Three Rags-to-Riches American Presidents who Grew Up Poor


WASHINGTON, D.C. — Massachusetts- Perceptions of disconnect between politicians and the general populace frequent contemporary American sentiment. Growing economic disparity hurts our education system and career choices, resulting in a severely restricted number of citizens with the opportunity and qualifications to make it to the top.

This has left the country questioning its ability to relate to and best represent the “common man.”

However, this is not to say that every great leader of the United States has been the product of unrealistic affluence. Throughout political history, a handful of presidents have emerged from a background of poverty. The stories of these rags-to-riches American presidents are proof that greatness does not require the luck of a wealthy upbringing after all.

Abraham Lincoln (1861-65)

“Honest Abe” is not a misnomer for this famous president, whose childhood home was indeed of honest means. After moving westward as a toddler, Lincoln’s family built its homestead farm in southern Illinois. There, he received an informal education in woodcutting and crop planting, as was typical for frontier life.

His financial situation went from bad to worse in his early 20’s, when he purchased a general store, which later went bankrupt after the death of his business partner. Lincoln was left with thousands of dollars in debt and the loss of almost all his assets. His misfortune turned out to be a good thing, though, because it was out of desperation that he began studying law.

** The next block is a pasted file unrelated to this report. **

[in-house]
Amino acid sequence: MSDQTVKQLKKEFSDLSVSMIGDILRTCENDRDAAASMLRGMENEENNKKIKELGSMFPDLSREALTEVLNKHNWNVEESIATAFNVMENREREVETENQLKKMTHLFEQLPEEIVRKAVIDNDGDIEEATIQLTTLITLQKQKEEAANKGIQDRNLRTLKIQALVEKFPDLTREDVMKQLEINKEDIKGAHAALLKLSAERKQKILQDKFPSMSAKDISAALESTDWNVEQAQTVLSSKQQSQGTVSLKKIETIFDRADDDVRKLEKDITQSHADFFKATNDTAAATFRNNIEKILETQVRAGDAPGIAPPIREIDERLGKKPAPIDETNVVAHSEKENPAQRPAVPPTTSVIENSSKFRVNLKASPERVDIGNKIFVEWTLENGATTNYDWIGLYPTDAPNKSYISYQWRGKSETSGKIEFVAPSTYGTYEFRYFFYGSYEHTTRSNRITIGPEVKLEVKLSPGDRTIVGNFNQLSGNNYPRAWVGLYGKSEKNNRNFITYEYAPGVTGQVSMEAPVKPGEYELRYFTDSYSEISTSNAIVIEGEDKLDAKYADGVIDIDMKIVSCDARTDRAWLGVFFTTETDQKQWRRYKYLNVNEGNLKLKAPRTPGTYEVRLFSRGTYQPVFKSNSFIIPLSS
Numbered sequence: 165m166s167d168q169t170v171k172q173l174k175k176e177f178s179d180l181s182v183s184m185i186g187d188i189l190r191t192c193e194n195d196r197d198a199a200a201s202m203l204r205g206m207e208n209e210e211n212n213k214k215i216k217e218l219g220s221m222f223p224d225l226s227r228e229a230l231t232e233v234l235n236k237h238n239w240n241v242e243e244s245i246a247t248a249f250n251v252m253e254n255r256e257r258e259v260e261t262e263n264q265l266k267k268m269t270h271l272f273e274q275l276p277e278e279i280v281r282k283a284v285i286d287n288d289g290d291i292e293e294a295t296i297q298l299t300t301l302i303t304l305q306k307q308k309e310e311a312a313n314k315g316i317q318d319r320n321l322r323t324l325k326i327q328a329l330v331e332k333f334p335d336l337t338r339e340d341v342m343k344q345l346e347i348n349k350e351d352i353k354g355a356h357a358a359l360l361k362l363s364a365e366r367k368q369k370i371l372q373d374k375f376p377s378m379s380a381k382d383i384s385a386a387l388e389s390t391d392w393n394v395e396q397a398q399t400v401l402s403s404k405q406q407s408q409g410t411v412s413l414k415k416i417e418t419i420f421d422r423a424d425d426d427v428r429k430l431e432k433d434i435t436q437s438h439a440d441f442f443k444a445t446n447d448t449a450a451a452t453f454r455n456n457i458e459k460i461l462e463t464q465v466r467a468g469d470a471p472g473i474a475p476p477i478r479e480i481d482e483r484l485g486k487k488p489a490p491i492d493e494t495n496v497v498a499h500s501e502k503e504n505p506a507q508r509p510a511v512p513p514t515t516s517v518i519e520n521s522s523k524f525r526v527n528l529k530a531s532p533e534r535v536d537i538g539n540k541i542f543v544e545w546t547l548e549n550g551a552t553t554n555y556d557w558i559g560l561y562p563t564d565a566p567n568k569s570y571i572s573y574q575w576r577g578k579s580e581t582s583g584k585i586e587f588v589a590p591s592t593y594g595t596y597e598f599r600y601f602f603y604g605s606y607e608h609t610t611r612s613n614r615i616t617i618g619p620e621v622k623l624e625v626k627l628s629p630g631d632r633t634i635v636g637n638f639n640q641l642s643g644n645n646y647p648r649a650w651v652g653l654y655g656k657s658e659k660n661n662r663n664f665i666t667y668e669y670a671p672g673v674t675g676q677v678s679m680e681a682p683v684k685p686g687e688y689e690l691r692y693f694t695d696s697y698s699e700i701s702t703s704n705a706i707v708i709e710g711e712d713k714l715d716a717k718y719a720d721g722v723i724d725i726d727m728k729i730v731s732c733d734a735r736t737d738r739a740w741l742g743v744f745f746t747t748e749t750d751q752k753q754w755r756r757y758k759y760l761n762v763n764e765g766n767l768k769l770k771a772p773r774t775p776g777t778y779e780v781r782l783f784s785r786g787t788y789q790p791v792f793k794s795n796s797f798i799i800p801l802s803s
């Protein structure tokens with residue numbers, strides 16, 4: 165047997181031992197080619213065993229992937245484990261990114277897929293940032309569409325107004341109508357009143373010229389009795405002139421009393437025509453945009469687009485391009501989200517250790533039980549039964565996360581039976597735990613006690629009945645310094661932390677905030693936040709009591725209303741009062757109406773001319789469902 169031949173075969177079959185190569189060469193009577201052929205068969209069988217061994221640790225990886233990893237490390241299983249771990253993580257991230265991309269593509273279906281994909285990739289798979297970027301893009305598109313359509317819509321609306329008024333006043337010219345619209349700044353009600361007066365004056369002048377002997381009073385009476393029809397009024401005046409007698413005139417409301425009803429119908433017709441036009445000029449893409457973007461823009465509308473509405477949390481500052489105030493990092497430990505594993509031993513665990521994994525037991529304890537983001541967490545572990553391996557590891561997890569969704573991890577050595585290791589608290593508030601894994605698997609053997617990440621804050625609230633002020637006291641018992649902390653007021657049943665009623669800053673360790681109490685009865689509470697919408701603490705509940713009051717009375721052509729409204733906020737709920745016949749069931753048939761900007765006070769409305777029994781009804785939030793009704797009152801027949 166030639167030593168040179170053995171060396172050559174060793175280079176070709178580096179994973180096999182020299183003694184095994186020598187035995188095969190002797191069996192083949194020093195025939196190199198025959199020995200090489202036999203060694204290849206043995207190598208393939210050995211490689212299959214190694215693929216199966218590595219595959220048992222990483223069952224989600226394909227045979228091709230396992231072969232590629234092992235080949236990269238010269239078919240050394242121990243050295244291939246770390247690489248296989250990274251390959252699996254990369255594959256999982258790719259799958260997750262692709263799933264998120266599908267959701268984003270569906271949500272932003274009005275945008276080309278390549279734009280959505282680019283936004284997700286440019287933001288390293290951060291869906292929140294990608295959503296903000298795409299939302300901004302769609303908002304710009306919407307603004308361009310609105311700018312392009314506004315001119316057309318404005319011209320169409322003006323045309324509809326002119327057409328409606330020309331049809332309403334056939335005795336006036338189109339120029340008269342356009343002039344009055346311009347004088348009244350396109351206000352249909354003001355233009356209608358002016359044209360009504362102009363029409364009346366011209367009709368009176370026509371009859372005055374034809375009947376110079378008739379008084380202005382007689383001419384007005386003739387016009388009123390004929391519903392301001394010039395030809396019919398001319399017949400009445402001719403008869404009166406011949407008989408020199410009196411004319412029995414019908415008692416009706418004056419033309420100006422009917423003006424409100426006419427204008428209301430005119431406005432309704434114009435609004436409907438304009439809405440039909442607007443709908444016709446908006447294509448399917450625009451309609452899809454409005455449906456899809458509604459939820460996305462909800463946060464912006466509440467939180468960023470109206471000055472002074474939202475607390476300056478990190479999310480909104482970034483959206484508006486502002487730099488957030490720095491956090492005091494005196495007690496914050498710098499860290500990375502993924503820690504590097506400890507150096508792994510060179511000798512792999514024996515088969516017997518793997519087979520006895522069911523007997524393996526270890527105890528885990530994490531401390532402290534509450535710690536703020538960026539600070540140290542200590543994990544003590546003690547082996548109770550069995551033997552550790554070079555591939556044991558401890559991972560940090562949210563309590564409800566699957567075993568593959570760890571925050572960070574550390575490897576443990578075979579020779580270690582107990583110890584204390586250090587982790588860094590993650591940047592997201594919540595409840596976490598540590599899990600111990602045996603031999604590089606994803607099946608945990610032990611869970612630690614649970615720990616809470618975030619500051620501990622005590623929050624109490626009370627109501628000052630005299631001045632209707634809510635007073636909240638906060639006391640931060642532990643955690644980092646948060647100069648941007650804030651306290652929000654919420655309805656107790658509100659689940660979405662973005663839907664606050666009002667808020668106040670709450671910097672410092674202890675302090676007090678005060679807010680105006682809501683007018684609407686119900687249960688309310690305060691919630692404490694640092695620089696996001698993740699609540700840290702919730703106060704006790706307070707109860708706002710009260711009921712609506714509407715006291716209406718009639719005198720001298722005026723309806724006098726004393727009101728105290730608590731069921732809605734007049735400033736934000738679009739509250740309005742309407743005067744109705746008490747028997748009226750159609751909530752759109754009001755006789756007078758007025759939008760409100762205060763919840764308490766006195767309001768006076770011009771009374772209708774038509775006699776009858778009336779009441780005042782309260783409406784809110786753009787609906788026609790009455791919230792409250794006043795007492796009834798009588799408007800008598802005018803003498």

James A. Garfield (1881)

The log cabin in rural Ohio where this former president was born was a far stretch from the political glamour of Washington, where he would eventually move. The youngest of five and fatherless by the age of 2, Garfield certainly did not have the luxury of leisure time and money to aid his early success. Instead, he turned to physical labor; he worked as a carpenter, janitor and a barge driver to afford his education at Williams College.

Even as a lawyer, he and his family struggled, as he was drawn to low paying, charity cases of public service. Although he lived in the White House at the time, he died close to penniless.

Harry S. Truman (1945-53)

Though popular, Truman was so poor during his presidency that he was one of the first to earn a pension while in office, albeit a meager $25,000. The poverty of his early life turned disastrous when a men’s clothing store he owned with a friend went bankrupt due to sudden deflation.

This, together with a failed investment in zinc mining, kept him in financial ruin and steep debt for the entirety of his adult life.

Even during his political career, he often worked menial jobs on the side to keep his family afloat. After moving out of the White House at the end of his term, he and his wife, Bess, actually had to hunker down with his mother-in-law because they could not buy a place of their own. The couple would later become the first official recipients of Medicare. Still, Truman is praised for stabilizing and growing the economy in the years after World War II.

Lincoln, Garfield, and Truman are historical testaments to the ability to overcome poverty. They prove that the American political system is not solely the property of society’s elite, nor should it be. Their exemplary experiences and self-made success has only benefited their nation.

Stefanie Doucette

Sources: Huffington Post, The History Channel, University of Virginia Miller Center
Photo: Flickr


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